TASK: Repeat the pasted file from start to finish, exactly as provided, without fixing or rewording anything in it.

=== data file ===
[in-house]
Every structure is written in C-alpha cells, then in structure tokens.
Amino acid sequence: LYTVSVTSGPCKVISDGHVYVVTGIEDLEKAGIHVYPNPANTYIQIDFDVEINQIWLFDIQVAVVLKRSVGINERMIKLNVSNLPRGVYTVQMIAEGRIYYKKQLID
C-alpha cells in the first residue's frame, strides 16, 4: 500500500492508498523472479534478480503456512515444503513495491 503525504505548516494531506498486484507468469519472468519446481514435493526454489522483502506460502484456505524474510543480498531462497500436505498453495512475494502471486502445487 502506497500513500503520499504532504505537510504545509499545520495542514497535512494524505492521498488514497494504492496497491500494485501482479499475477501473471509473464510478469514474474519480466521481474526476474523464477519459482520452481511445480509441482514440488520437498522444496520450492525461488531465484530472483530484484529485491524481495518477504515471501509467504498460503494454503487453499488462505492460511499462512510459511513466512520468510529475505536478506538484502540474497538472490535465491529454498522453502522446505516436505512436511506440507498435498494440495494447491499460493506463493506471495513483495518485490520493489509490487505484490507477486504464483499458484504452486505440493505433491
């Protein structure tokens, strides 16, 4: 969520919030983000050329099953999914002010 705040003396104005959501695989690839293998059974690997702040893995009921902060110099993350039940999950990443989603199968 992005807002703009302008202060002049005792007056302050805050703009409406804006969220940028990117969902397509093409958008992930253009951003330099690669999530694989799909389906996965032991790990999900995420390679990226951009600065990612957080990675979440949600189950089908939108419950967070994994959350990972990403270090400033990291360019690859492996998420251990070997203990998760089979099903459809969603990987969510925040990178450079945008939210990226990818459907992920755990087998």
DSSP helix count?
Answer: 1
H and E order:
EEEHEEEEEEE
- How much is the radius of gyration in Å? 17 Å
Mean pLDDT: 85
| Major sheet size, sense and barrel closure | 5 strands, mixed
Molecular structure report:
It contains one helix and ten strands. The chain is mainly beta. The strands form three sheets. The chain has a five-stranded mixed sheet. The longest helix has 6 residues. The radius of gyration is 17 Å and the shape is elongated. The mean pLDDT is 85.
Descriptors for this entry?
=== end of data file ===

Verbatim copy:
[in-house]
Every structure is written in C-alpha cells, then in structure tokens.
Amino acid sequence: LYTVSVTSGPCKVISDGHVYVVTGIEDLEKAGIHVYPNPANTYIQIDFDVEINQIWLFDIQVAVVLKRSVGINERMIKLNVSNLPRGVYTVQMIAEGRIYYKKQLID
C-alpha cells in the first residue's frame, strides 16, 4: 500500500492508498523472479534478480503456512515444503513495491 503525504505548516494531506498486484507468469519472468519446481514435493526454489522483502506460502484456505524474510543480498531462497500436505498453495512475494502471486502445487 502506497500513500503520499504532504505537510504545509499545520495542514497535512494524505492521498488514497494504492496497491500494485501482479499475477501473471509473464510478469514474474519480466521481474526476474523464477519459482520452481511445480509441482514440488520437498522444496520450492525461488531465484530472483530484484529485491524481495518477504515471501509467504498460503494454503487453499488462505492460511499462512510459511513466512520468510529475505536478506538484502540474497538472490535465491529454498522453502522446505516436505512436511506440507498435498494440495494447491499460493506463493506471495513483495518485490520493489509490487505484490507477486504464483499458484504452486505440493505433491
């Protein structure tokens, strides 16, 4: 969520919030983000050329099953999914002010 705040003396104005959501695989690839293998059974690997702040893995009921902060110099993350039940999950990443989603199968 992005807002703009302008202060002049005792007056302050805050703009409406804006969220940028990117969902397509093409958008992930253009951003330099690669999530694989799909389906996965032991790990999900995420390679990226951009600065990612957080990675979440949600189950089908939108419950967070994994959350990972990403270090400033990291360019690859492996998420251990070997203990998760089979099903459809969603990987969510925040990178450079945008939210990226990818459907992920755990087998």
DSSP helix count?
Answer: 1
H and E order:
EEEHEEEEEEE
- How much is the radius of gyration in Å? 17 Å
Mean pLDDT: 85
| Major sheet size, sense and barrel closure | 5 strands, mixed
Molecular structure report:
It contains one helix and ten strands. The chain is mainly beta. The strands form three sheets. The chain has a five-stranded mixed sheet. The longest helix has 6 residues. The radius of gyration is 17 Å and the shape is elongated. The mean pLDDT is 85.
Descriptors for this entry?